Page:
Defendants assert there can be no cause of action for breach of confidence unless the idea submitted in confidence to the defendant is novel. They cite Fink v. Goodson-Todman Enterprises, Ltd. (1970) 9 Cal.App.3d 996, 1009. However, the court's pronouncement in Fink was tentative: “The right of plaintiff's work to protection by reason of sufficient novelty and elaboration of the accessible idea is a prequisite [sic], of course, in the common law copyright count and also, we feel, in the unjust enrichment-breach of confidence count.” (Also see the court's discussion at p. 1010, fn. 18.) Additionally, no such requirement of novel ideas is set out by the Supreme Court in Davies v. Krasna, supra, 14 Cal.3d 502, 508.)
c. The Cause of Action for Fraud
Defendants argue that there can be no cause of action for fraud because plaintiff conceded in his deposition that Minson made no promises to Wolper, other than to read the treatment he had brought to her. However, the representation on which plaintiff rests his fraud cause of action is the same as the one on which his breach of implied-in-fact contract rests. The representation, common in the entertainment industry and common to Wolper's past dealings with ABC, was that if ABC used a treatment presented to it, it would pay for that use. As stated above in our discussion of plaintiff's standing to sue for fraud, given the presence of plaintiff's, Wolper's and Warner Brothers' names on the treatment, a triable issue is raised regarding whether Minson intended her implied representation to Wolper to be communicated to plaintiff and to Warner Brothers.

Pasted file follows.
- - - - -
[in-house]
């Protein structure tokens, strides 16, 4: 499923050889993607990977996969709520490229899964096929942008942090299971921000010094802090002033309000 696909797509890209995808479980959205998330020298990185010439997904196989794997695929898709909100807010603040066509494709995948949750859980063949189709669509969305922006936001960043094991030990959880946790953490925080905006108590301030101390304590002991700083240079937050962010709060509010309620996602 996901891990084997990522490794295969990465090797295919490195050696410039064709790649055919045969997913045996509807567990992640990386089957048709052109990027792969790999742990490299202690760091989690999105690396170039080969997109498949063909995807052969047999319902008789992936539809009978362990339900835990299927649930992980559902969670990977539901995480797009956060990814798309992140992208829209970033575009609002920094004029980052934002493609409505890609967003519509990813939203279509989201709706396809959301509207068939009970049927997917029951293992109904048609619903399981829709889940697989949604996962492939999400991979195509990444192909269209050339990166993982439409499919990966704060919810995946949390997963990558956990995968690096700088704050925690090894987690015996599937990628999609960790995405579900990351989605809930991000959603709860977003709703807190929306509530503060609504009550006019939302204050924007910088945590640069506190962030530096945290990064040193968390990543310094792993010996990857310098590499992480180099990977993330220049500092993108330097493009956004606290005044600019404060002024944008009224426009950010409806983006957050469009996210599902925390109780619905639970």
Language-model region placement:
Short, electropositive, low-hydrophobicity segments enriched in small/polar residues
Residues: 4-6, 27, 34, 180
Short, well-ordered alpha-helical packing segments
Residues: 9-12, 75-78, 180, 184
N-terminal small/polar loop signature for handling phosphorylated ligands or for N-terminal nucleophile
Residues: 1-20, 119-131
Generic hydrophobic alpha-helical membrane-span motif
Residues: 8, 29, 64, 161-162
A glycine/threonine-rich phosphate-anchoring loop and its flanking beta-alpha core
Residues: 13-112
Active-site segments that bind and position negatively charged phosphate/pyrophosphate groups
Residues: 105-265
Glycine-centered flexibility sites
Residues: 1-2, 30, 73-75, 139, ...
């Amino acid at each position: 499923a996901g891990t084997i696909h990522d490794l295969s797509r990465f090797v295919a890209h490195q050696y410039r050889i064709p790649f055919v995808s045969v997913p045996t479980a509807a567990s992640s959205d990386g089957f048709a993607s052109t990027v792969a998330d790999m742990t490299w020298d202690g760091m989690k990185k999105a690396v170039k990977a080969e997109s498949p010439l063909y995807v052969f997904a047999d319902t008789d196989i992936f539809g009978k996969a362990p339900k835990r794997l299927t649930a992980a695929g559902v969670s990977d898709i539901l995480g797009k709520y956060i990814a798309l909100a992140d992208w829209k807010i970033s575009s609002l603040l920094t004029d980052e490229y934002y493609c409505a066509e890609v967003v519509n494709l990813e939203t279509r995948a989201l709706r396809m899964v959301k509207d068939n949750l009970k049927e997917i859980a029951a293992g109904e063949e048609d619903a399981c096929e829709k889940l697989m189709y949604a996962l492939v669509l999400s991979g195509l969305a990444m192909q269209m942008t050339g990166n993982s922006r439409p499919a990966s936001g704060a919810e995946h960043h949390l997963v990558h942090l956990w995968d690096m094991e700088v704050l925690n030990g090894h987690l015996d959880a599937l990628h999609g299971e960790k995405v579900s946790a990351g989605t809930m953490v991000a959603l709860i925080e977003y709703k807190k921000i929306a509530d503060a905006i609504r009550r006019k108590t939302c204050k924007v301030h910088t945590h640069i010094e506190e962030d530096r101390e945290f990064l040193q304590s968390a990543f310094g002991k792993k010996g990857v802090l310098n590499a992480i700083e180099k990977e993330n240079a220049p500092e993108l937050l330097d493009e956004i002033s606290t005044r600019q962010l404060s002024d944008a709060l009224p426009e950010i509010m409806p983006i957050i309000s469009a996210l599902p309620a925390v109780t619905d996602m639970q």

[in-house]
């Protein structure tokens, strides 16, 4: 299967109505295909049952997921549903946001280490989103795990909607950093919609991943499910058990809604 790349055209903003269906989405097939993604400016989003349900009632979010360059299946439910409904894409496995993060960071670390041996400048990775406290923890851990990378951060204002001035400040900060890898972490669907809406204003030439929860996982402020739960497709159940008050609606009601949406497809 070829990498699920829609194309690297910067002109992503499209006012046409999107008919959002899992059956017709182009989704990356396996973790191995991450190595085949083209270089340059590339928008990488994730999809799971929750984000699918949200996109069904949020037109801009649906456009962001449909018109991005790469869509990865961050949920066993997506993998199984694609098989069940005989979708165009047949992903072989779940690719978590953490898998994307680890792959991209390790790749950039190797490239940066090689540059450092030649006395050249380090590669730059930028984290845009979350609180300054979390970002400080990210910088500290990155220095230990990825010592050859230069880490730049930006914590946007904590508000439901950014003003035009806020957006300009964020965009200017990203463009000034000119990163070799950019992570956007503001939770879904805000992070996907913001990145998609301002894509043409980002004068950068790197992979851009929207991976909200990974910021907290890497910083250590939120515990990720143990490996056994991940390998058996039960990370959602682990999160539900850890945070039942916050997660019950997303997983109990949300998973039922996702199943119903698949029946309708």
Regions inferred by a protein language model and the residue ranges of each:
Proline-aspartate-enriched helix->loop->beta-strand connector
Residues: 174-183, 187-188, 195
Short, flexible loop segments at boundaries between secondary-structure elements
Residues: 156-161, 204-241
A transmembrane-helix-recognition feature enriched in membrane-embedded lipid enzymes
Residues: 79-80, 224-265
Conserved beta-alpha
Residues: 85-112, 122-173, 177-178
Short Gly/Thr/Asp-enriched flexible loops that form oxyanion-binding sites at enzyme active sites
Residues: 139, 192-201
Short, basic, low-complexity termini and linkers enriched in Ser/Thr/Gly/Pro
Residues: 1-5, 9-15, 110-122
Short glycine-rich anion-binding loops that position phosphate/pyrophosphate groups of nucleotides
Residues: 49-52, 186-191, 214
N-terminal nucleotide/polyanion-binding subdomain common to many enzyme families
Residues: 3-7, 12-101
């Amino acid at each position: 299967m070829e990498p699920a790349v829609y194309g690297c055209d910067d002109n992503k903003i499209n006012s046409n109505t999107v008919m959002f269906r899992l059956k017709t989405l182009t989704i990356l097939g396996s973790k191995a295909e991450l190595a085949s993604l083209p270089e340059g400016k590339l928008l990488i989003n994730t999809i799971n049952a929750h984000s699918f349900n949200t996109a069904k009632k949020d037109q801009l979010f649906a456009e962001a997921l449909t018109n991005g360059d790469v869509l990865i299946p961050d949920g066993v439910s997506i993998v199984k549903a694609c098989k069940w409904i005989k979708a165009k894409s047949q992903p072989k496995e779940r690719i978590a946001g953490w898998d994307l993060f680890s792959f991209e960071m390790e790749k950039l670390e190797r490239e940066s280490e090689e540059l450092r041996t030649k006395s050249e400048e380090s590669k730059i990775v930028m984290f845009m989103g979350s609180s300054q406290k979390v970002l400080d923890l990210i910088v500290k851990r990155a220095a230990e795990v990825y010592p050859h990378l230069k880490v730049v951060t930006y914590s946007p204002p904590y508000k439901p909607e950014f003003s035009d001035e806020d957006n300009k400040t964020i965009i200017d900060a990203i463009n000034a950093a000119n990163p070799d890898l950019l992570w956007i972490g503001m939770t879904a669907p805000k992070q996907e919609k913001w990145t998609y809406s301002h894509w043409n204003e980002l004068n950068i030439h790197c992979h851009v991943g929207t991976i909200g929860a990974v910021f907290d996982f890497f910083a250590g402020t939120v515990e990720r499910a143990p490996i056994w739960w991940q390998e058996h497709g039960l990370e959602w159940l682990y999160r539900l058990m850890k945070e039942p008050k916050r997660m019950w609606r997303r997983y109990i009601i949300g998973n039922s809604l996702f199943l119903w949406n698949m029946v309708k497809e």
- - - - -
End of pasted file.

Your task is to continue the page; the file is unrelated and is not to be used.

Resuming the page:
d. The Cause of Action for Intentional Interference with Contractual Relations
As noted earlier, defendants take the position that there can be no cause of action against DiBona and Waku for interference with contractual relations because there was no contract between plaintiff and ABC with which DiBona and Waku could interfere. We have disposed of this argument in our discussion of the standing issue. There is evidence to raise a triable issue of material fact as to whether an implied-in-fact contract was created when Wolper pitched the People Productions concept to Minson.
Additionally, given the evidence of the various contacts between Minson and DiBona which came in between the time Minson met with Wolper and DiBona's AFHV concept was accepted by ABC, and given DiBona's letter saying Minson was going to go to bat for him, a reasonable inference is raised that DiBona, through Minson, knew about the submission of the People Productions treatment and possibly even had access to it. Given the financial incentive which DiBona would have to have ABC's home video program be attributed to himself rather than to plaintiff, an inference can be made that DiBona intended to interfere with plaintiff's position vis-a-vis ABC, notwithstanding DiBona's pronouncements that he knew nothing of People Productions.
Additionally, the judgment in favor of Waku has to be reversed since Waku never moved for summary judgment.
The summary judgment appealed from is reversed and the cause is remanded to the trial court for further proceedings. Costs on appeal to plaintiff.
NOT TO BE PUBLISHED
We concur: KLEIN, P.J., and KITCHING, J.